Trying to make sense of the omicron COVID variant
The big news today — the one that sent oil prices and stock markets plummeting — is that there is a new variant of COVID emerging in South Africa. It's been christened the "omicron" variant. Currently, it's hard to tell if it's really something to worry about or if it's a variation on the theme. It's enough to know that world governments are reacting as if it's Spring 2020 all over again, plus more pressure for vaccines, all of which is ironic, considering there's no evidence that anything we did last year or this year helped stop COVID's rampage.
An article in the San Francisco Chronicle has a mixture of fact and opinion that seems representative of the whole omicron phenomenon. First, the known facts:
The variant was discovered in South Africa, when cases suddenly spiked from an average of about 200 a day to 2,465 on Thursday. Scientists studying samples of the virus to try to explain the outbreak discovered the variant. That doesn't necessarily mean the variant originated in South Africa, which has among the world's best viral surveillance systems and may simply have been the first country to identify it.
Omicron has many more mutations than the currently world-dominant delta variant — more than 30 on the spike protein alone, which is considered key to the virus' ability to infect human cells. The large number of mutations has scientists concerned that omicron could be more infectious than delta, and possibly able to evade immunity generated by previous infections or vaccines.
The WHO wrote in a report on the variant that preliminary evidence suggests that omicron might have "increased risk of reinfection." Among omicron's many mutations are sequences associated with increased infectiousness and reduced vaccine effectiveness.
Scientists still don't know how omicron matches up with delta — a variant so transmissible that it essentially wiped out other variants of concern like alpha and beta. In the United States, delta still makes up 99% of cases that undergo genomic sequencing.
So far, as best as I can tell by looking at information from the World Health Organization's page on South Africa, which has the most current data, while omicron is surging, deaths haven't spiked...yet:
Despite lambasting the Trump administration for his "xenophobic" decision to close America to flights from China last year in the face of an unknown, highly contagious virus, Biden banned travel to America from eight African countries. It's the right decision in an information vacuum, and he owes Trump a big apology.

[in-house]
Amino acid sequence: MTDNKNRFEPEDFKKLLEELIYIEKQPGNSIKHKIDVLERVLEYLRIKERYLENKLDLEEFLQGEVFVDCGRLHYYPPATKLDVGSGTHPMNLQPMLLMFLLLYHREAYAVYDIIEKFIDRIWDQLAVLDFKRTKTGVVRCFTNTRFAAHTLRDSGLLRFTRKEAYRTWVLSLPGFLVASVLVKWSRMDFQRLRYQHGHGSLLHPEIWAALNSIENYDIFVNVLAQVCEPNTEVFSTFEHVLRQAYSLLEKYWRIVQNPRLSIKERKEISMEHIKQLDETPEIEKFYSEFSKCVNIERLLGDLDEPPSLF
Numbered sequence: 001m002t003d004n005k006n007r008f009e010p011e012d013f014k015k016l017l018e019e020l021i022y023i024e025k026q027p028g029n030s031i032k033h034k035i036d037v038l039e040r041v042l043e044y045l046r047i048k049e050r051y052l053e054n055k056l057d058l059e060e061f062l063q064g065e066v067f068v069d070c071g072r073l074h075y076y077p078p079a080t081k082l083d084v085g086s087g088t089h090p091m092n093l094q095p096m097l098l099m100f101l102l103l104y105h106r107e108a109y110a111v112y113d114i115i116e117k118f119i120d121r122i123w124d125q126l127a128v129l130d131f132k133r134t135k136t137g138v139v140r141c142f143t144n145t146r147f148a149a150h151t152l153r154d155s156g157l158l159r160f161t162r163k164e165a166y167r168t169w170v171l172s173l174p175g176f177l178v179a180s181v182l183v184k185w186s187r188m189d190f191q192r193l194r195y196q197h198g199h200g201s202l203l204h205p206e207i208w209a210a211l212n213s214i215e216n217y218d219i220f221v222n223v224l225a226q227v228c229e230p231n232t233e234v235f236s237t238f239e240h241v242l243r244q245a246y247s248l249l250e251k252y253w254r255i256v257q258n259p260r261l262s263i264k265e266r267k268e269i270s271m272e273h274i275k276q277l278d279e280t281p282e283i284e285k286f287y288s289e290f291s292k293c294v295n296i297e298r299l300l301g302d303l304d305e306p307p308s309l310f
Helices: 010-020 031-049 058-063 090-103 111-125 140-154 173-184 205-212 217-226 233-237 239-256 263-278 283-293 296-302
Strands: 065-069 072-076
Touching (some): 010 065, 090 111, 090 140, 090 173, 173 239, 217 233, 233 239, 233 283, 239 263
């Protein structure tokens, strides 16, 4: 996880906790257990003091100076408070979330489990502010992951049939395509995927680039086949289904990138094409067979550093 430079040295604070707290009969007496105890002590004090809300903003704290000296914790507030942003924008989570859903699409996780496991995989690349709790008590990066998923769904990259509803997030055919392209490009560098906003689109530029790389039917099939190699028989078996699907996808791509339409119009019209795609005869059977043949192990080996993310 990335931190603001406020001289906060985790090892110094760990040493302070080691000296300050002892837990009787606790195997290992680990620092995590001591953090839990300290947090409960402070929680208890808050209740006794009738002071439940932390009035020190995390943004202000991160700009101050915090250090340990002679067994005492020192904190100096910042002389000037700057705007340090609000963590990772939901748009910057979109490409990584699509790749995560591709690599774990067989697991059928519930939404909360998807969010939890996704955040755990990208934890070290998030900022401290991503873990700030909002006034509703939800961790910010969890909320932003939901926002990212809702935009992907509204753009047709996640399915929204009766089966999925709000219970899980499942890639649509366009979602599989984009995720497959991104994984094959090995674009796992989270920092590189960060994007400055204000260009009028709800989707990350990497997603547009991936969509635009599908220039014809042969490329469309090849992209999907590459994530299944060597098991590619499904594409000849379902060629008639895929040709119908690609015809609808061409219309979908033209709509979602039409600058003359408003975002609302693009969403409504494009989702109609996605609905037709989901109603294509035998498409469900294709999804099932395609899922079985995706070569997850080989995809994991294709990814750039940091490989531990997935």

Once COVID finally hit America's shores, we got lockdowns and mask mandates. We were told they would allow hospitals to prepare for the coming contagions, but they became permanent fixtures and seem to have made no difference whatsoever to the virus's spread. It seems that constantly reusing paper and cloth masks is voodoo medicine, not science. We also got vaccines that have an unusually high risk of side-effects and that don't stop people from catching, spreading, or dying from COVID.
Despite those facts, the powers that be are once again ready to reinstate 2020 (although, maybe, with Trump ousted from the White House, the Democrats will skip the race riots) — and again, we still know nothing about how deadly omicron is.
New York's governor, Kathy Hochul, has already declared a state of emergency and canceled all elective surgeries. Of course, it was her vaccine mandates that left hospitals without employees. It's lack of staff, not lack of beds, that's a problem for hospital functionality.
The Chronicle article insists that everyone get vaccinated, even while admitting there's no evidence that the vaccine works against omicron:
Regardless of what scientists learn about omicron over the coming days and weeks, the discovery of another variant should lend new urgency to global vaccination efforts, health experts said. Variants are more likely to emerge in environments with high viral transmission — the more the virus is spreading, the more likely it is to develop mutations that could lead to a new variant.
That's right: double down on a vaccine that's not working to prevent a virus that we don't understand.
There is no word as to whether ivermectin or hydroxychloroquine works against the new variant. I strongly recommend that you research ways to keep your immune system functioning optimally. That seems like the first and most obvious line of defense.
One last point in the space remaining. Although the delta variant has swept America, the variants have run up through the Greek letter "nu." Now they're calling the new one "omicron." But here's something funny: There's a Greek letter between nu and omicron: "xi." I wonder why they're not using that one...
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